Why companies measure creativity with impossible interview questions

We often avoid thinking about failure and, as a result, distract ourselves from the benefits it can give us.

Problems aren’t always unexpected in life or work, of course. We can often know about problems before they happen and ignore them in favor of being safe, secure, and content.

Being content with where we’re at now, avoiding the possibility for failure, may let us overcome setbacks and problems to a certain point, but over-reliance on our comfort can lead to overconfidence and biases that make us less prepared for future change. This avoidance of failure debilities us from thinking creatively.

Failure, when paid attention to, is a crucial part of creativity because it allows us to become familiar with the uncertainty that new ideas require in order to thrive. To be our best creative selves we shouldn’t seek to avoid being uncomfortable, or failing, in-fact: we should pursue the opposite, to seek failure in small doses.

Doctors use a similar approach for combatting diseases: a fraction of a disease given to a patient allows the body to develop an immunity, so when a large dose of the disease attempts to enter the body, its not going to do much damage; the body is prepared through these small doses.

The same approach can be applied to living creatively. Small doses of risk, failure, and learning, can do wonders for strengthening grit, problem-solving, and openness to new experiences.

Creative organizations are already familiar with this notion: when interviewing candidates they’ll task them with a seemingly “impossible” problem. Problems like: How many ways can you think of to find a needle in a haystack? How many golfballs would it take to fill a bus? How could you solve humankind’s biggest crisis given $1 billion and a spacecraft? What would you do if you had an unlimited budget to redesign the modern computer?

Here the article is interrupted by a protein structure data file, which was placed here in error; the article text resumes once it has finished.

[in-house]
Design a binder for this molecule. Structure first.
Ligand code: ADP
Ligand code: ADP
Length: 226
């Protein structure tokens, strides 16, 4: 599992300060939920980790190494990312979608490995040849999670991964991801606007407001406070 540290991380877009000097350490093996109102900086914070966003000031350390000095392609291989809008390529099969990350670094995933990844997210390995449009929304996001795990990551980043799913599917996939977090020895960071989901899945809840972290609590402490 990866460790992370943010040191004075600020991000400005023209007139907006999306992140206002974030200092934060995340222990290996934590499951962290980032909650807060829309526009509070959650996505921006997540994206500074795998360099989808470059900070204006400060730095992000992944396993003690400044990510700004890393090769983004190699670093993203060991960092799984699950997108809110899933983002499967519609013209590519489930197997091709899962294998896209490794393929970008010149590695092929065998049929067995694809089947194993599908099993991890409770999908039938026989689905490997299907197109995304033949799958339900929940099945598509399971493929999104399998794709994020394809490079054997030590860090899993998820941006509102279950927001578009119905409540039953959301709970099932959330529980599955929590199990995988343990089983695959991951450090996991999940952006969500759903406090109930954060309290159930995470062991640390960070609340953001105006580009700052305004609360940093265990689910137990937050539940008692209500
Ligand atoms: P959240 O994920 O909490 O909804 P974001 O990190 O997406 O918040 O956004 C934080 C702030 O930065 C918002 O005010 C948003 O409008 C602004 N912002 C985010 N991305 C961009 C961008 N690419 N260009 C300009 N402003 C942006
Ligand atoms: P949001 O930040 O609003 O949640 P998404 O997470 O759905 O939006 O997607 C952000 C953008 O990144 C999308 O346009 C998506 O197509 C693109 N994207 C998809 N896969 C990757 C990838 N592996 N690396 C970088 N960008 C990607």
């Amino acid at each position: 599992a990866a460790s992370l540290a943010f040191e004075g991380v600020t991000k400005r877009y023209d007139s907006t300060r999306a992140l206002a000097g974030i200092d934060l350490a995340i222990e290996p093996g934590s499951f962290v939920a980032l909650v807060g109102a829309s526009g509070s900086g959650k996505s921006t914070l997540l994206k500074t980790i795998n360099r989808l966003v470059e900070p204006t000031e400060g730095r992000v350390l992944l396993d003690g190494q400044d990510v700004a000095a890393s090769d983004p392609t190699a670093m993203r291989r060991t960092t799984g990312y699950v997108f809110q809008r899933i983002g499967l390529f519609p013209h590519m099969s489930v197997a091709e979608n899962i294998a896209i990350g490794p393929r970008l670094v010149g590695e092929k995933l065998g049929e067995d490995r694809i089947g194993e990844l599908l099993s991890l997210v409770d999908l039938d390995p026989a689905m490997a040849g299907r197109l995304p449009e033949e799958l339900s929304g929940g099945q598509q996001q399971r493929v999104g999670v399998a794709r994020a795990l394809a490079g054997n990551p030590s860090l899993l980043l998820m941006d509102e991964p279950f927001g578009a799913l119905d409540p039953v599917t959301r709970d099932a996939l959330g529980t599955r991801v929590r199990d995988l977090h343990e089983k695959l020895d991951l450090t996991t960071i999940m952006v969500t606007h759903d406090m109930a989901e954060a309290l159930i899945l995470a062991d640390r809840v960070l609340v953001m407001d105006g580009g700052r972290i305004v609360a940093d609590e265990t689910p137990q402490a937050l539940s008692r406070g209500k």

These questions seem daunting to most candidates, and that’s understandable. But the questions aren’t asked to intimidate or confuse. The questions aren’t asked to see if the job candidate can actually solve the problem either. They’re asked to see how a person can tackle the challenge of facing uncertainty, of potential failure.

The best candidates, the ones who get jobs at companies like Apple, Facebook, and Nike, come from diverse backgrounds of experimentation and play. They’re used to diving into problems, even when the odds are against them, because they know that success or failure isn’t what matters: trying is.

When faced with such an impossible problem, rather than panic or run in fear, those who are experienced with small doses of failure are more likely to run face-first into the problem.

If you want to live a more creatively life, you have to learn to live with uncertainty and, yes, failure. Because at some level it’s inevitable, you just have to decide how you’re going to deal with it when you cross its path. To do that, you can’t ignore risk, you have to instead embrace it.